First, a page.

Businesses that depend on complex models chock full of data about suppliers, shippers and customers to plan operations are placing less trust than usual in traditional forecasting tools because the COVID-19 pandemic skewed their data, the Wall Street Journal reports.
According to the Journal, companies in the travel, retail and logistics sectors were particularly affected by what the paper called “wild wings in consumer behavior over the past year” and as a result lack information to use in planning.
Some companies, according to the Journal, are responding by replacing models that relied on historical information with new models that analyze real-time information.
The paper quoted Sriram Krishnasamy, senior vice president of strategic programs and chief executive of FedEx Dataworks, as having said new tools help give planners a “bird’s eye view” of markets.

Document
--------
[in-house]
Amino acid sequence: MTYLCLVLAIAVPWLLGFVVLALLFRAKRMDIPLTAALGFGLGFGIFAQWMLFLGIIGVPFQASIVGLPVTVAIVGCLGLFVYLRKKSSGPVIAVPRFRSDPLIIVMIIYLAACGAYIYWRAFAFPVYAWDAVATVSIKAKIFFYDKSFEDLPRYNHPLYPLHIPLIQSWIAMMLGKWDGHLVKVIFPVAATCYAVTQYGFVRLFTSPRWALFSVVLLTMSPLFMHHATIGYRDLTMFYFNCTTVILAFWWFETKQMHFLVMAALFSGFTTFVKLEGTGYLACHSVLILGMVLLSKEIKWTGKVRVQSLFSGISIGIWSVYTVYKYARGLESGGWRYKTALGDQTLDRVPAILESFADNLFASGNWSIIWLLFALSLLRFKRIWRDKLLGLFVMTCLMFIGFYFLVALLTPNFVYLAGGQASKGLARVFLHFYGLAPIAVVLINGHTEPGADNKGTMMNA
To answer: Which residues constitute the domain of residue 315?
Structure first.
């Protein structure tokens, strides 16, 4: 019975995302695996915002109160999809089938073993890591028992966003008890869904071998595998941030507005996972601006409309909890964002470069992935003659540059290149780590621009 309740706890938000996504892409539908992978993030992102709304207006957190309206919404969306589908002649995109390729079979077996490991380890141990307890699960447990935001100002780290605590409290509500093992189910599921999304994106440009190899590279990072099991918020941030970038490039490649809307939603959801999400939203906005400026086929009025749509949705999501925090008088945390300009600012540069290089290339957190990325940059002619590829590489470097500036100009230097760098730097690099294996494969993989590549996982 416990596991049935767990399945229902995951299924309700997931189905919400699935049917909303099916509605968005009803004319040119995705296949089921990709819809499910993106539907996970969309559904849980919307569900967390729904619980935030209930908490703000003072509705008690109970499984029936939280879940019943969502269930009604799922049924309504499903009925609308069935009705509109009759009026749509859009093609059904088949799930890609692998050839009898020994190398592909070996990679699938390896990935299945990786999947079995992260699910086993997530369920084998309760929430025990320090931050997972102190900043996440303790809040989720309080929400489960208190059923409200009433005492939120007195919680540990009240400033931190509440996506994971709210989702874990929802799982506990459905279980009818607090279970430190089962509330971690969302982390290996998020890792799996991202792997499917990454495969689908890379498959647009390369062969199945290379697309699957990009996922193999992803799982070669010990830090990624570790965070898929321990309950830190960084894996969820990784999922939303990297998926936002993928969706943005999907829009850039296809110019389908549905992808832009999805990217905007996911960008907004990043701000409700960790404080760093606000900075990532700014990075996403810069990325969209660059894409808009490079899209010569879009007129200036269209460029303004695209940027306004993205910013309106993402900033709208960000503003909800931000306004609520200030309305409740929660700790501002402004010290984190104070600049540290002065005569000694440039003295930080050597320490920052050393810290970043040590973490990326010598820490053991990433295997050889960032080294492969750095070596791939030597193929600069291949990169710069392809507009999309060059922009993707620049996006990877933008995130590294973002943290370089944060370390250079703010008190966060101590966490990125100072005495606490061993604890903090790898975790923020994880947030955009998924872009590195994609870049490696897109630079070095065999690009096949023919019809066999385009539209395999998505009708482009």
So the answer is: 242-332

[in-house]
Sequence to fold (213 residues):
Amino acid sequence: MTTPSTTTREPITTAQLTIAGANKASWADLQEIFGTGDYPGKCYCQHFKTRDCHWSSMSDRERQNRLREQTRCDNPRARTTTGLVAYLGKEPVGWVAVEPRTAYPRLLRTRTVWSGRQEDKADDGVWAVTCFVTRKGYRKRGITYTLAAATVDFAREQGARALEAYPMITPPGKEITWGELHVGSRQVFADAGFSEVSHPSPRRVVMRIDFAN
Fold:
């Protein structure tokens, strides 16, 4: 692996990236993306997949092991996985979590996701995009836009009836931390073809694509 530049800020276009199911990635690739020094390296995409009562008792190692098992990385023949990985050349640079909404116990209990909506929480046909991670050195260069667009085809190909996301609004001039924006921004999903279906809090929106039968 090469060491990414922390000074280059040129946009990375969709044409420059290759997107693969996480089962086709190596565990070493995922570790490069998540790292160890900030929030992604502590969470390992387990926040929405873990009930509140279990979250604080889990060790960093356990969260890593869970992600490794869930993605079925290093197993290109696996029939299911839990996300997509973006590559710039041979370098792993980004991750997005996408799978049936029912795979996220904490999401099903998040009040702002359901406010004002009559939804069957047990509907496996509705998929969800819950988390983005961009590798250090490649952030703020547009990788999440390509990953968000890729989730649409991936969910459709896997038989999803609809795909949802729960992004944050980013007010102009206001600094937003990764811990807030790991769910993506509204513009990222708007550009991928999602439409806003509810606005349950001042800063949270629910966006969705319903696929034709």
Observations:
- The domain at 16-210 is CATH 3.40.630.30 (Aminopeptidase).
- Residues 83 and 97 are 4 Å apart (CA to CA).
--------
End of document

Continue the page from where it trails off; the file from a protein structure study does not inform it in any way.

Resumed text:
The paper quoted Hayley Berg, who oversees price intelligence efforts at travel app Hopper, as having said: “It’s been an adventure over the past year,” and the sudden cessation of business travel created “a challenging forecasting problem.” Hopper advises users as to when seats are most likely to be most affordable.
Citing information from Hopper, the Journal reported that the company uses machine learning technology that “collects billions of airfare price quotes every day, enabling it to compile a massive archive of several trillion seat prices in recent years.”
The Journal reported that Walmart Inc. spokesman Ravi Jariwala said the retail giant is using extensive internal data — including information from shopper activity before COVID struck — and the process has “helped us normalize the data and more accurately perform demand forecasting.”
The paper quoted Alex Linden, research vice president at consulting firm Gartner Inc., as having said: “The problem in highly volatile times is that sales data of last week is not a good predictor of sales in the following week. This is literally the definition of volatility.”